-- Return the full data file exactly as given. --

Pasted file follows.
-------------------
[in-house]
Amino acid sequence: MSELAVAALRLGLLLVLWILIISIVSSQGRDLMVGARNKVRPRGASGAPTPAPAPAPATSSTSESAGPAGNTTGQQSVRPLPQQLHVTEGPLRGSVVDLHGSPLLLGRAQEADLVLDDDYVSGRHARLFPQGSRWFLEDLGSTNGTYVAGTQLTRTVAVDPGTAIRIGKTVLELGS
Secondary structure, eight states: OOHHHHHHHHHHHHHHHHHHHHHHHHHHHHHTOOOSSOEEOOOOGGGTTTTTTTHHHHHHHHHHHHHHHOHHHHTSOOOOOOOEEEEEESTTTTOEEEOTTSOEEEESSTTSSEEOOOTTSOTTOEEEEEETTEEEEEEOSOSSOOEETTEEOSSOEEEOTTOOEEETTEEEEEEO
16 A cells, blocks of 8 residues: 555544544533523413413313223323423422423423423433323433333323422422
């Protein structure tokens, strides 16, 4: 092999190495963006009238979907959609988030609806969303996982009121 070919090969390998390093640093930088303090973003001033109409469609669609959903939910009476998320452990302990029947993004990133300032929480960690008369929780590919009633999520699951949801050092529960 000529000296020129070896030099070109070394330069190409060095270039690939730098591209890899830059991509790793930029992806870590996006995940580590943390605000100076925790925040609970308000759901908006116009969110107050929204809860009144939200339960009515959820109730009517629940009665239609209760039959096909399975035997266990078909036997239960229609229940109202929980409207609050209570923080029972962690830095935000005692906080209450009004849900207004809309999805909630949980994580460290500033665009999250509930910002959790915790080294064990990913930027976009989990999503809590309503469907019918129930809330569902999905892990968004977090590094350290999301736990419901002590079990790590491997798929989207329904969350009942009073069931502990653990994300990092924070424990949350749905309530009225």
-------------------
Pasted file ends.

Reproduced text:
[in-house]
Amino acid sequence: MSELAVAALRLGLLLVLWILIISIVSSQGRDLMVGARNKVRPRGASGAPTPAPAPAPATSSTSESAGPAGNTTGQQSVRPLPQQLHVTEGPLRGSVVDLHGSPLLLGRAQEADLVLDDDYVSGRHARLFPQGSRWFLEDLGSTNGTYVAGTQLTRTVAVDPGTAIRIGKTVLELGS
Secondary structure, eight states: OOHHHHHHHHHHHHHHHHHHHHHHHHHHHHHTOOOSSOEEOOOOGGGTTTTTTTHHHHHHHHHHHHHHHOHHHHTSOOOOOOOEEEEEESTTTTOEEEOTTSOEEEESSTTSSEEOOOTTSOTTOEEEEEETTEEEEEEOSOSSOOEETTEEOSSOEEEOTTOOEEETTEEEEEEO
16 A cells, blocks of 8 residues: 555544544533523413413313223323423422423423423433323433333323422422
């Protein structure tokens, strides 16, 4: 092999190495963006009238979907959609988030609806969303996982009121 070919090969390998390093640093930088303090973003001033109409469609669609959903939910009476998320452990302990029947993004990133300032929480960690008369929780590919009633999520699951949801050092529960 000529000296020129070896030099070109070394330069190409060095270039690939730098591209890899830059991509790793930029992806870590996006995940580590943390605000100076925790925040609970308000759901908006116009969110107050929204809860009144939200339960009515959820109730009517629940009665239609209760039959096909399975035997266990078909036997239960229609229940109202929980409207609050209570923080029972962690830095935000005692906080209450009004849900207004809309999805909630949980994580460290500033665009999250509930910002959790915790080294064990990913930027976009989990999503809590309503469907019918129930809330569902999905892990968004977090590094350290999301736990419901002590079990790590491997798929989207329904969350009942009073069931502990653990994300990092924070424990949350749905309530009225």